The shelf life of Luton’s three public libraries
The Free Library built in 1883 on the corner of George Street and Williamson Street was to serve Luton’s needs for 27 years.
Its chief defect was that it operated on a closed-shelf system which, while it reduced to a minimum the theft of books, gave no great encouragement to reading.
In 1910, Luton Corporation accepted the gift of a Public Library from Andrew Carnegie, the Scottish-American businessman and philanthropist.
A total of 2,509 Carnegie libraries were built across the world, including 660 in Britain and Ireland and 1,689 in the United States, between 1883 and 1929.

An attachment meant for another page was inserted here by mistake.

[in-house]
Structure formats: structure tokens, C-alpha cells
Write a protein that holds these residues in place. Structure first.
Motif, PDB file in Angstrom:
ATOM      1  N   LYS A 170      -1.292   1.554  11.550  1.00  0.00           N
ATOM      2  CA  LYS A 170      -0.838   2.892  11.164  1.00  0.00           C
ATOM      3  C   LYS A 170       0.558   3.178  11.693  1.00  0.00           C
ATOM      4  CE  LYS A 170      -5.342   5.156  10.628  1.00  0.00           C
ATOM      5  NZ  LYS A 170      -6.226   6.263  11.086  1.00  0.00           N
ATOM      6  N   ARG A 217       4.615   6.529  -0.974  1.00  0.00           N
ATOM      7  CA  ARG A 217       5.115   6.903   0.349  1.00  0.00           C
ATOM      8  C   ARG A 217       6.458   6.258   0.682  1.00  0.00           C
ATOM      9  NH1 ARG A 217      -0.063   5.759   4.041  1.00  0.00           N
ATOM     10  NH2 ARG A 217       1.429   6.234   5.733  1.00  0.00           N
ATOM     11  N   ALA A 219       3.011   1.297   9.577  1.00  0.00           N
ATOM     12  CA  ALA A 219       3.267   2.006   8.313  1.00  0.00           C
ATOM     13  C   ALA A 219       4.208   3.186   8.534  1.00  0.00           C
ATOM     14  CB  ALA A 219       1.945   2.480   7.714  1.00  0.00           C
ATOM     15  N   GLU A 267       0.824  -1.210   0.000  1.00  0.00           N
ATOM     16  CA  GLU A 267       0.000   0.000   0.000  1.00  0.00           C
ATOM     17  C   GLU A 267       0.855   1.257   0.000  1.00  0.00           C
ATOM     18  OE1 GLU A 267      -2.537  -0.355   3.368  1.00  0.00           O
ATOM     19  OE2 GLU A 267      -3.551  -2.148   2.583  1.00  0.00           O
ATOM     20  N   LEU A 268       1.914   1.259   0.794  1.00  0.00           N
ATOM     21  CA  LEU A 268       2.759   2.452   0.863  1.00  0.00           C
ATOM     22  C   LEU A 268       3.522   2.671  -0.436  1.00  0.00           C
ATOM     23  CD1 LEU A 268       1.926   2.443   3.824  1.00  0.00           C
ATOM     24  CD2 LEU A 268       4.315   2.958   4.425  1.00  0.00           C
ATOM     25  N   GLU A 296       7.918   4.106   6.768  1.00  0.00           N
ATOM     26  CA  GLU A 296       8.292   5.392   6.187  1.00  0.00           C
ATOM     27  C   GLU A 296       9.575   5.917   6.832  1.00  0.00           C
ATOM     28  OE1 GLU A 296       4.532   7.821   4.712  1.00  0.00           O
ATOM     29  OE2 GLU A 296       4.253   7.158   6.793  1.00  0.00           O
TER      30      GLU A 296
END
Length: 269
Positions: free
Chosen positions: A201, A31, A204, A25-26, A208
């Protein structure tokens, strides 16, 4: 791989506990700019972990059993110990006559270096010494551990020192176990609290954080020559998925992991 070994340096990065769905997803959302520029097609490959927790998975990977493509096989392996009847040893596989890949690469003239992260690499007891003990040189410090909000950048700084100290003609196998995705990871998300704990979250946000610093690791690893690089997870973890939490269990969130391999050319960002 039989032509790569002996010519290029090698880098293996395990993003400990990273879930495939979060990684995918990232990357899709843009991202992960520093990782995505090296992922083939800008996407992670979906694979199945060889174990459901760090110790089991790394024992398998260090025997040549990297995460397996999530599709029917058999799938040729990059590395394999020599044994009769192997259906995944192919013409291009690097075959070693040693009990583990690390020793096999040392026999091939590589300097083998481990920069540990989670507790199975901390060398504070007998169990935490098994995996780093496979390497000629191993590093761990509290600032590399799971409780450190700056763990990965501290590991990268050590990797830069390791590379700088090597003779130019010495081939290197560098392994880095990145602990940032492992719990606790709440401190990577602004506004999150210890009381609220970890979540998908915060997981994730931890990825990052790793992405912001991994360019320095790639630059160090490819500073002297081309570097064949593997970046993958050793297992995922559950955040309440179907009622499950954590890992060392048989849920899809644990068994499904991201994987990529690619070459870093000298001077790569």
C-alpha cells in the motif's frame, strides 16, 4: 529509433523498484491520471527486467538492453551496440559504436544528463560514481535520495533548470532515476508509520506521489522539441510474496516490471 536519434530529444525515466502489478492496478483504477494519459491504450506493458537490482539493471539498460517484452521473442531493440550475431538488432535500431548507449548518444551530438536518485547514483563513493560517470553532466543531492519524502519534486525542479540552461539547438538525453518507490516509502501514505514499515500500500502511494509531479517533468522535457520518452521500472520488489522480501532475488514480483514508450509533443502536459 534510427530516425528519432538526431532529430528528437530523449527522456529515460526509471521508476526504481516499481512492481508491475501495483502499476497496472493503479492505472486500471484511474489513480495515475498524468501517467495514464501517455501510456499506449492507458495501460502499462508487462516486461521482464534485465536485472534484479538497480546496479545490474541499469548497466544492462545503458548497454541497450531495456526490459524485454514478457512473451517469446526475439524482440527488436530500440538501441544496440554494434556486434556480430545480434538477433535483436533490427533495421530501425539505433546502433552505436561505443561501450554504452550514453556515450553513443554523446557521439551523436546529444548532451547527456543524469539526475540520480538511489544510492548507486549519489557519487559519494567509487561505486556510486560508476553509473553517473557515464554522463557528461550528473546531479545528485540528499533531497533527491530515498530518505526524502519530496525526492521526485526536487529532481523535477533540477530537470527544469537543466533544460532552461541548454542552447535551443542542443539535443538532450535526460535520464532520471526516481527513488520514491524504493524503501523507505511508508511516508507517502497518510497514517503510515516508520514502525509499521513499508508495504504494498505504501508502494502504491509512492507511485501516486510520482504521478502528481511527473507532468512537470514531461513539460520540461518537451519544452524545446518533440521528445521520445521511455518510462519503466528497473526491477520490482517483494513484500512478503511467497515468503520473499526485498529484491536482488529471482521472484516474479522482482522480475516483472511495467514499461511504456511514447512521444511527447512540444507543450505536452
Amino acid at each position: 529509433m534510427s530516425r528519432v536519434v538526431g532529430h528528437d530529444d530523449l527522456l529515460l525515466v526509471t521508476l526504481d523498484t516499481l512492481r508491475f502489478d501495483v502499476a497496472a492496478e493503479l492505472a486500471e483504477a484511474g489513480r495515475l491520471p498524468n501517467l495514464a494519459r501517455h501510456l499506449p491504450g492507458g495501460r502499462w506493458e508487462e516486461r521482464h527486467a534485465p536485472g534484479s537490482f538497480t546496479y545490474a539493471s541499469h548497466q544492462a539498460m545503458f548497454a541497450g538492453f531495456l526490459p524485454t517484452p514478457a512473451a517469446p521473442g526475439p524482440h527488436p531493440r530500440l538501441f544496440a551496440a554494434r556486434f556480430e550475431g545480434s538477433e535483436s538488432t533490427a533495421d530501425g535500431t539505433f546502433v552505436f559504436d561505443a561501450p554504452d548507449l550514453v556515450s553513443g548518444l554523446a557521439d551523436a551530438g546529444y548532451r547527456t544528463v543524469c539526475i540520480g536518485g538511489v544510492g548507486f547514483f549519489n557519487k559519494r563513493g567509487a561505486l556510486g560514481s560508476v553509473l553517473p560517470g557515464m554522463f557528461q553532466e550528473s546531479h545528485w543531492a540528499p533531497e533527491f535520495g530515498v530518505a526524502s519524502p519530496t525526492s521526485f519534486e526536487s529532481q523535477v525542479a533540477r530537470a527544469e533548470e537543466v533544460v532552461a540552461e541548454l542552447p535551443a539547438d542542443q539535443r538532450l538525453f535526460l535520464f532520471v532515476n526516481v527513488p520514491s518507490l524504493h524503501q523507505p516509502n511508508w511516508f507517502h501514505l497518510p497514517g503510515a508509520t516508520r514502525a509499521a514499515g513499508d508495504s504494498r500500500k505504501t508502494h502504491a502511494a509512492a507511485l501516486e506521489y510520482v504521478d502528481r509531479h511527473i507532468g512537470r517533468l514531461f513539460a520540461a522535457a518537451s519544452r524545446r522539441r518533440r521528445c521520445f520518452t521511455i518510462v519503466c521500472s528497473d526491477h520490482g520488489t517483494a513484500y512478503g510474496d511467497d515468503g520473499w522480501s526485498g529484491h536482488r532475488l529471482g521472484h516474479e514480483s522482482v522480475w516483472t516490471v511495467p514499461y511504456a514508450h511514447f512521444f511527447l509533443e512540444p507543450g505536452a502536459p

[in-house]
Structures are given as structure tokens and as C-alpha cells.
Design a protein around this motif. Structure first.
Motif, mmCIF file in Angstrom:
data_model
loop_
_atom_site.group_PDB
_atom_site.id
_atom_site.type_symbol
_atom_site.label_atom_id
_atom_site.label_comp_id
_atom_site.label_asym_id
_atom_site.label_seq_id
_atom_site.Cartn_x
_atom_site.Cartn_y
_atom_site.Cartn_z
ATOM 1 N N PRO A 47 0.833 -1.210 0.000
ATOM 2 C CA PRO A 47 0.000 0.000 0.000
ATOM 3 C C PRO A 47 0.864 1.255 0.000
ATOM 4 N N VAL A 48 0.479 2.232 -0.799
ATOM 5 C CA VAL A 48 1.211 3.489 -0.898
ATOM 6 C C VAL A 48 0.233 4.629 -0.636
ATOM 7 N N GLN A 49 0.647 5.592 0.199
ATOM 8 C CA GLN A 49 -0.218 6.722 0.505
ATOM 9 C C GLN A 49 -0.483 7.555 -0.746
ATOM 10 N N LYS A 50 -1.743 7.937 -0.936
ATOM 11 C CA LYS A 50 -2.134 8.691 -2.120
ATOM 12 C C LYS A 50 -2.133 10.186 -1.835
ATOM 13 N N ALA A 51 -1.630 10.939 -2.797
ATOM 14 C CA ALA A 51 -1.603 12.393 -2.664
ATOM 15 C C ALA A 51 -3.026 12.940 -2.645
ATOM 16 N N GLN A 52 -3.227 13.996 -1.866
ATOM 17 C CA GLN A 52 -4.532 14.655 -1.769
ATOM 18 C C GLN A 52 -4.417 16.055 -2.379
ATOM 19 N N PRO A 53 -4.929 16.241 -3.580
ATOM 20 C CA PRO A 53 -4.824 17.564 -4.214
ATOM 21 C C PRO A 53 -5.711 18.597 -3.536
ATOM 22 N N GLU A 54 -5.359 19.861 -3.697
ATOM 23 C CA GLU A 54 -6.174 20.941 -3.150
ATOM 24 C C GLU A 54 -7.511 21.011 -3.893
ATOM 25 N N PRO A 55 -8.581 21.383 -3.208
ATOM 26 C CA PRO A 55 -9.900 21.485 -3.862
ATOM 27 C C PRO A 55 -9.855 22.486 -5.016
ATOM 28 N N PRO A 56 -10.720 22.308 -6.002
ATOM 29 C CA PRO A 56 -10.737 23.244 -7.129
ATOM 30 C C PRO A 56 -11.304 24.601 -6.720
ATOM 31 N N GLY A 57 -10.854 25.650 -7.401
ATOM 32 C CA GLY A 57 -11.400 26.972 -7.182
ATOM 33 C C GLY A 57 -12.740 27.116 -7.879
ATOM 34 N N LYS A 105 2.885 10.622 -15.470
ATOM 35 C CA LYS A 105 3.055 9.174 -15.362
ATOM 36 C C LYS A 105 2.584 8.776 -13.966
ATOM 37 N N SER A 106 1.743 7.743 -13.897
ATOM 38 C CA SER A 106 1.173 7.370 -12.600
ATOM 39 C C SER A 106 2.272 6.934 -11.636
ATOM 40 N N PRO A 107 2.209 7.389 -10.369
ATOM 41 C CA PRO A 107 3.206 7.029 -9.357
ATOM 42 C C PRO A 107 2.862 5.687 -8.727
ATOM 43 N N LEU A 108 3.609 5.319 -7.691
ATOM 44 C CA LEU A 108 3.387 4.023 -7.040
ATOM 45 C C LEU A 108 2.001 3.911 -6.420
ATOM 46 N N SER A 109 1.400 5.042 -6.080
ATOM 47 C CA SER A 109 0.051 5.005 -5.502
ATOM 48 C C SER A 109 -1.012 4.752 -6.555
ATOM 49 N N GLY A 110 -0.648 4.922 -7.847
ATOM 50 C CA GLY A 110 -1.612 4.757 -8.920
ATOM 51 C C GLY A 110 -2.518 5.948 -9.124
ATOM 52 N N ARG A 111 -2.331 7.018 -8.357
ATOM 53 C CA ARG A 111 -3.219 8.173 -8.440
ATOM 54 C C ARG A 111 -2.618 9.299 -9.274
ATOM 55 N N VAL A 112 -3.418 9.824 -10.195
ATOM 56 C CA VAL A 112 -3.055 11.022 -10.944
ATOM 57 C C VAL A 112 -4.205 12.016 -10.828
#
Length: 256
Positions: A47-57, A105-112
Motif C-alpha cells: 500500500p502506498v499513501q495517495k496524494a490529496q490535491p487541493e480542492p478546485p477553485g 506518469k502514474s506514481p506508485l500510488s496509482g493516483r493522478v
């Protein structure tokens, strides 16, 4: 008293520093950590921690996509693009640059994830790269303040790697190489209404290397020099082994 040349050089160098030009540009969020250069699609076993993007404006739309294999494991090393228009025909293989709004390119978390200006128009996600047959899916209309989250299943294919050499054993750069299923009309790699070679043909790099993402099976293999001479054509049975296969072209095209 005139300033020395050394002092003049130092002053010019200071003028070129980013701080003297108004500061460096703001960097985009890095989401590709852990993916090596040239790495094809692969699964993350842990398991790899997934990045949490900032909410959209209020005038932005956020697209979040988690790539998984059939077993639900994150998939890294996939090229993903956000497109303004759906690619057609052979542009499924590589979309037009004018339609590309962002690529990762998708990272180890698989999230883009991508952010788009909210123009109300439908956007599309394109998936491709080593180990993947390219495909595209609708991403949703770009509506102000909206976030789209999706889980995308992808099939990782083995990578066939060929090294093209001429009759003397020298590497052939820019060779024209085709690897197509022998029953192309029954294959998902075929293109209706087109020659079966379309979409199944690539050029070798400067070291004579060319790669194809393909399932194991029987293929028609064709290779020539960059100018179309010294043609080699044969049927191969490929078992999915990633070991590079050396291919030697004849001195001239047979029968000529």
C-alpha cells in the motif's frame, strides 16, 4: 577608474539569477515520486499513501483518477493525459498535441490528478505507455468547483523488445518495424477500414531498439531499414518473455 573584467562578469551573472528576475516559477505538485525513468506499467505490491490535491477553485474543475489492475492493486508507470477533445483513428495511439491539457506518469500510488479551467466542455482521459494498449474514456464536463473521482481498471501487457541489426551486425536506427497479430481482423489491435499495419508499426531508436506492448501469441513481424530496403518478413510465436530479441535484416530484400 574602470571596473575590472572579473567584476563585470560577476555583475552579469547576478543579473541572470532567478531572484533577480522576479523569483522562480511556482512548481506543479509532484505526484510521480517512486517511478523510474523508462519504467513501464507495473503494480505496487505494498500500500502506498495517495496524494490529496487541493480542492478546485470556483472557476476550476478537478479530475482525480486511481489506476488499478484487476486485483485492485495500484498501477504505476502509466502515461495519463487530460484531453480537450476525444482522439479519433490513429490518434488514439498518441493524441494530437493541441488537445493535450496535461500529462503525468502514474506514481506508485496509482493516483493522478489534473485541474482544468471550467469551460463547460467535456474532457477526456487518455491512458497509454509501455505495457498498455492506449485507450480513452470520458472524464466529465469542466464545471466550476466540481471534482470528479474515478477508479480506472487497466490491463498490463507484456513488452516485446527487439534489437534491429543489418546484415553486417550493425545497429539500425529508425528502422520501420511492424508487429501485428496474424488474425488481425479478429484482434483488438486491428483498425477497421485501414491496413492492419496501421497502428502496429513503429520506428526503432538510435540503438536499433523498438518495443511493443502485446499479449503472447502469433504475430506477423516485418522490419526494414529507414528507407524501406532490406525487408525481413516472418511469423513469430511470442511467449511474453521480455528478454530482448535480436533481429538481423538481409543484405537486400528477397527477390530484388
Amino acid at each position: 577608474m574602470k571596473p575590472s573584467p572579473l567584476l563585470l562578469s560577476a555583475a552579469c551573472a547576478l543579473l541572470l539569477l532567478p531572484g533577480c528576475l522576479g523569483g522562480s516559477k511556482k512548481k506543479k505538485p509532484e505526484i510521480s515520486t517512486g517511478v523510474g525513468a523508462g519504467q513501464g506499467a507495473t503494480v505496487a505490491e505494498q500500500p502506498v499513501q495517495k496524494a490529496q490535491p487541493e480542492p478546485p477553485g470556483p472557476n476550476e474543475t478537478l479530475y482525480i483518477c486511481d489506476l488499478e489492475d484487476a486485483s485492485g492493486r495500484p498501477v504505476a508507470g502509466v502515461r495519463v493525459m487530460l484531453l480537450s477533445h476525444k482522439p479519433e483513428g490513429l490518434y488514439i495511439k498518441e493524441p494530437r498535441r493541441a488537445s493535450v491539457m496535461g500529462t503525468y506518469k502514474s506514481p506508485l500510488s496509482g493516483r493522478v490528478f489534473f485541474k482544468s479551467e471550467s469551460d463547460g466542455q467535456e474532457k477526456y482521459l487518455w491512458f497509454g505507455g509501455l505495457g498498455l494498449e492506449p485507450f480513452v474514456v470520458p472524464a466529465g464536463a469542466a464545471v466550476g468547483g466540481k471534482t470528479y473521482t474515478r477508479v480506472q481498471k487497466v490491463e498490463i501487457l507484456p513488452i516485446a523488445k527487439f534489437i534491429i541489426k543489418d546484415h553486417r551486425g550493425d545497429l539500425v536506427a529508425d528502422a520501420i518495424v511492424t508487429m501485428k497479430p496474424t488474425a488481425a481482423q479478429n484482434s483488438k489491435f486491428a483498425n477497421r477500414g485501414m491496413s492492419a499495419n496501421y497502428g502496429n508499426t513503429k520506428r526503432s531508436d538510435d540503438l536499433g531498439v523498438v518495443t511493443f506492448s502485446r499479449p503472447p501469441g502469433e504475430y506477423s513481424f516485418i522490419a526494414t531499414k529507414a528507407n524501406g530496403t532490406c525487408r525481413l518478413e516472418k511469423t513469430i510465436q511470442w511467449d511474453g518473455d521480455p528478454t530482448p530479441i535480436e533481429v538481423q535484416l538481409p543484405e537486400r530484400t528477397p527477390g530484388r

Few towns that requested a grant and agreed to his terms were refused.
Carnegie was present when the Luton one was opened on the Free Library site by Whitelaw Reid, the American Ambassador, who lived at Wrest Park, Silsoe.
Carnegie was added to the list of Honorary Freemen of the Borough.
Lutonians had use of his library for about 50 years, but even with branch libraries, it was eventually inadequate.
The Central Library at what is now St George’s Square was built in a modern style with a gramophone record and music library, as well as a theatre and lecture room.
Completed in 1962, it was later visited by the Queen..